Question: I’ve had an extremely difficult time during the pandemic, and I am still struggling. However, I hear other people talking about using this experience as a time for growth. What do they mean? How can I do that?
A: Having a hard time under these trying circumstances is entirely natural, however research does offer strategies that will help us cope better. The best way to deal with stressful situations is by having a deep and meaningful connection to other people. Eating well, sleeping well and exercising are important, but most essential is having someone to turn to to help process what you are feeling and experiencing. Conversely, trying to hold everything inside, can make you feel worse.
Post Traumatic Growth
There is another level to dealing with difficult situations, beyond just “getting-by.” My mentor, George Faller, introduced me to a concept called ‘Post Traumatic Growth,’ based on the work of Richard Tedeschi PhD and Lawrence Calhoun PhD. Post Traumatic Growth is based on the idea that within the stress and challenges that we face, there are opportunities to stretch ourselves and grow.
Research on people who have undergone all manner of challenges and difficulties have identified five areas of potential personal growth:
1)Increased Purpose People found more purpose or opportunities to grow; things became more important to them, and they started to look at life as an opportunity for change.
2) Increased sense of one’s own capabilities They discovered that they were more capable than they had previously believed, and that they achieved more than they would have thought possible.
3) Increased Appreciation People felt more gratitude for what they had and became more aware of the richness in their lives.
4) Increased value for Relationships Relationships are the most important part of life. People rediscovered the power and importance of their own relationships.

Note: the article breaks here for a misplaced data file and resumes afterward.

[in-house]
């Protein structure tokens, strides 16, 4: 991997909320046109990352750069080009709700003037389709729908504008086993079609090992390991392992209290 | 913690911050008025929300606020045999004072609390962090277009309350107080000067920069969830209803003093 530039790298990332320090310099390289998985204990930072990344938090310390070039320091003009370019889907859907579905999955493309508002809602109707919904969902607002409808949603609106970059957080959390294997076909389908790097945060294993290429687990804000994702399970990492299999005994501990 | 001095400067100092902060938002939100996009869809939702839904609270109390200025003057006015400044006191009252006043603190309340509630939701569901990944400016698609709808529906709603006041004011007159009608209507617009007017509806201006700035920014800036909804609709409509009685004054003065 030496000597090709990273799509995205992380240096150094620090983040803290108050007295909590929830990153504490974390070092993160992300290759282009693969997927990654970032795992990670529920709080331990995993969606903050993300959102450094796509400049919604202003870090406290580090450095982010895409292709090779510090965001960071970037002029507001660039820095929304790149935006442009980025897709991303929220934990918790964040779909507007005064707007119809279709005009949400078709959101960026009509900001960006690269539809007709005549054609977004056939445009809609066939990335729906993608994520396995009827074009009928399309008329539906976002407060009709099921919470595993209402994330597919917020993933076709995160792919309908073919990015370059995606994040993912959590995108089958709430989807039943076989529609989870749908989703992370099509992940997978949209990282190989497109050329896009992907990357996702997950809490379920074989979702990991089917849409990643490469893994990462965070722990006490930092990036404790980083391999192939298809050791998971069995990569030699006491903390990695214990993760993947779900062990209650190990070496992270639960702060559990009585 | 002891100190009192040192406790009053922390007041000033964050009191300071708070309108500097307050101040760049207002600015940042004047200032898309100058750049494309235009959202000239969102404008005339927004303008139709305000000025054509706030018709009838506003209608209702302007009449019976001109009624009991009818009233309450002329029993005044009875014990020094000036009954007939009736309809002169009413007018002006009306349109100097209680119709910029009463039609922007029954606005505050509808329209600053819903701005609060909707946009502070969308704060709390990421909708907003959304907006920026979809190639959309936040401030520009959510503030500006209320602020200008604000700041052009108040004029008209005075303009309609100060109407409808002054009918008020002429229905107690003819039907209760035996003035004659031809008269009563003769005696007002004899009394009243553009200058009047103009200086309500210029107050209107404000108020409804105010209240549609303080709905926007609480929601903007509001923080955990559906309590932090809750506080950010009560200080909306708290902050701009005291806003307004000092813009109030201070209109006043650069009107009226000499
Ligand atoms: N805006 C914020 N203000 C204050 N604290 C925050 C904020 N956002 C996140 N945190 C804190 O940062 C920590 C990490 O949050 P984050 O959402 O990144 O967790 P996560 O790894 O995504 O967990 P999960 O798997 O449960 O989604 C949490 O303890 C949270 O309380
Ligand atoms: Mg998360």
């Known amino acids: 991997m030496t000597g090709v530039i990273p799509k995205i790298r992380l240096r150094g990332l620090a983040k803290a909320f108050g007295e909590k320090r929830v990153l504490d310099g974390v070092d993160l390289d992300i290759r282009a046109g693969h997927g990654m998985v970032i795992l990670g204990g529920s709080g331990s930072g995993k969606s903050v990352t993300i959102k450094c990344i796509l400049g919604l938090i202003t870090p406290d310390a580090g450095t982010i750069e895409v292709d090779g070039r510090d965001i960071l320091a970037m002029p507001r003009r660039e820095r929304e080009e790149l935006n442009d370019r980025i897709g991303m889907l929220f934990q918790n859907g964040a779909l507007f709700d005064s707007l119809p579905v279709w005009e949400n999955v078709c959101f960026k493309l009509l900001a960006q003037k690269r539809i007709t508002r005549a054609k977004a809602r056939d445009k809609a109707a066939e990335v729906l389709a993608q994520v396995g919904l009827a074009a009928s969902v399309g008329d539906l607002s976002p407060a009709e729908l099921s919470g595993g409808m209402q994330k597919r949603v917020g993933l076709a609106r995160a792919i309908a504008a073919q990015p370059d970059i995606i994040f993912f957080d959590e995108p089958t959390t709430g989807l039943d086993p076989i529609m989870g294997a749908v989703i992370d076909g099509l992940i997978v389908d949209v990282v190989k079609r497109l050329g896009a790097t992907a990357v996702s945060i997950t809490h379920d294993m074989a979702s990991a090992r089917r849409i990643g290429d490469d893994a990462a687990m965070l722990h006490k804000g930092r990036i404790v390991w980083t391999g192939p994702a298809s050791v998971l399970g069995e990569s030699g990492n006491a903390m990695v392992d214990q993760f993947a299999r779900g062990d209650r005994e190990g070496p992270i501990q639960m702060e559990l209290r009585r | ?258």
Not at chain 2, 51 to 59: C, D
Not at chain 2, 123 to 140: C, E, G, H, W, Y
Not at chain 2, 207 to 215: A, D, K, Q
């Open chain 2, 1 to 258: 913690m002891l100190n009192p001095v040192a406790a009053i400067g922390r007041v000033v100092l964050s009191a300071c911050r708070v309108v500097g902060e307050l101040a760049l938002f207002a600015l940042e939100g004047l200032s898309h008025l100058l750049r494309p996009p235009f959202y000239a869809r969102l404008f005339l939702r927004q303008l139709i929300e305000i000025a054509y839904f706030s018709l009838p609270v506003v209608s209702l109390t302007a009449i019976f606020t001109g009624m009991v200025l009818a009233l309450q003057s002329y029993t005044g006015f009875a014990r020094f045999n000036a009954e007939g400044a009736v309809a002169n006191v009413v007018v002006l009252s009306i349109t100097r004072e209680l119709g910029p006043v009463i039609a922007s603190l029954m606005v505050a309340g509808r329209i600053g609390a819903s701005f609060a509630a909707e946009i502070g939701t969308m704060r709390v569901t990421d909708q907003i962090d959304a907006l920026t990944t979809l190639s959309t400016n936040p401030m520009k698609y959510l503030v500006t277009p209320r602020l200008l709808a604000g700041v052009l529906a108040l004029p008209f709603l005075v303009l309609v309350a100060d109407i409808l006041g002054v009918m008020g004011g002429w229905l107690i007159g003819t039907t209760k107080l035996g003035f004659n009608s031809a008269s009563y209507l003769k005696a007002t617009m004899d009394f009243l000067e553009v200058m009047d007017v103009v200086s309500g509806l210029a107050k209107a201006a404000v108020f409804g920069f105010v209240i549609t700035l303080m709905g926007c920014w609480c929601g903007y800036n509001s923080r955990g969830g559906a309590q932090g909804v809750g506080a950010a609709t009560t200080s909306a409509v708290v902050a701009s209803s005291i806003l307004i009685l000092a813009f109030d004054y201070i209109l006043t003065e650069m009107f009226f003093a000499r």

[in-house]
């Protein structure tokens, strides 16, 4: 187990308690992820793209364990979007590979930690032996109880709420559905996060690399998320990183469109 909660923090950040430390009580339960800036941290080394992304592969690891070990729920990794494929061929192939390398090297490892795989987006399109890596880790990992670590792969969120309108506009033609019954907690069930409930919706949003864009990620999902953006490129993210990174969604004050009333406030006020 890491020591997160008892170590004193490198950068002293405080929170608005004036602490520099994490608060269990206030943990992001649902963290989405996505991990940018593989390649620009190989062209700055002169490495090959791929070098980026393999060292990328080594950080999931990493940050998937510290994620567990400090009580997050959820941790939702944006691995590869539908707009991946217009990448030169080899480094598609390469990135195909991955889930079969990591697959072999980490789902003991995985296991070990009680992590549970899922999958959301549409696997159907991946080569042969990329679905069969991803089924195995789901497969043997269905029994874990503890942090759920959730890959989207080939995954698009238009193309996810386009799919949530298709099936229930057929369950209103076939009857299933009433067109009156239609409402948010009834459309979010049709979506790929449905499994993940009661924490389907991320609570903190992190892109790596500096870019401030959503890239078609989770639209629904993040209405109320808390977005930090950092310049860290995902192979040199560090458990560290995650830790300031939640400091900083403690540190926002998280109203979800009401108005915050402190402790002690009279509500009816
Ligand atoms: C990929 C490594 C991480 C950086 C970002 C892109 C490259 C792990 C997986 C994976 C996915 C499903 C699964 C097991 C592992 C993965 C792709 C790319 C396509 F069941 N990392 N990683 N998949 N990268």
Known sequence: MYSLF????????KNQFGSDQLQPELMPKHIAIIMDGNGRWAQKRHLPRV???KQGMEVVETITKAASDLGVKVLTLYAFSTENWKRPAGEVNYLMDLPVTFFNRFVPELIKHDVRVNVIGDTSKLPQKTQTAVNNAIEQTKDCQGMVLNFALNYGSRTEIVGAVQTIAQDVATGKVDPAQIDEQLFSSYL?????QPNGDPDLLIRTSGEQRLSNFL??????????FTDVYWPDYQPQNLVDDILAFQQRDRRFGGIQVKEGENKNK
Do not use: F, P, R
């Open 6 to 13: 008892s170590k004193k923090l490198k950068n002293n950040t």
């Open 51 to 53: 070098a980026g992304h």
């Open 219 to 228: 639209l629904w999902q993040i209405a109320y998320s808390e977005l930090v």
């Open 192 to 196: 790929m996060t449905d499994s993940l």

5) Increased Spirituality People grew more spiritual. They soul searched and contemplated God’s plan and how they could change to become closer to God.
Catalyst for growth
You don’t have to wait until the crisis is over before tapping into these five elements. Ongoing challenges can drive a process which could lead you to a very different place. Keep in mind that there is a greater purpose, and that while the distress is very real, we have the ability to reframe this challenge as a catalyst for growth.
1) Purpose Look for chances to grow. Think deeply about what truly matters to you. Reflect regularly on how you might be able to use whatever is going on in a meaningful way.
2) Capability Take a moment during the day to reflect, to ground yourself and see how much you are growing and celebrate that. Look at what you were able to do over this time. Allow yourself to say thank you to yourself. Treat yourself to something special- your favorite treat or take a coffee break and give yourself a pat on the back. Realize that when this is over you will be able to look back and say wow, how was I able to do that?
3)Appreciation What are you appreciative about? What are the highlights in your life? Take a moment to list them in your mind and celebrate them.
4) Relationships Reflect on how important family and friends are in your life, especially when you can’t see them or spend time with them in person. Pick up the phone and reach out to a friend or loved one. Nurture your connections.
5)Spirituality Ask yourself what message is God trying to relate, to tell you- you can use it as an opportunity to get a closer relationship with Him. Ask yourself, how does He want me to show up today?
Gaining resilience and a sense of renewal
Yes it is stressful. Yes it is hard. We won’t always be our best selves in difficult times. However, the silver lining of a crisis is that it can be an opportunity to gain resilience, a better understanding of how to live life, and a sense of renewal. There is light at the end of the tunnel.
Nissan Lachman, LMSW, Certified EFT couples’ therapist, Co-Founder EFT Israel, Director of Shlavim at Kav L’Noar
‘Ask the Kav L’Noar Therapist’ is a series running every fourth Monday of the month. If you would like your question to be considered for the series, please send it to firstname.lastname@example.org. All correspondence will be kept in the strictest confidence.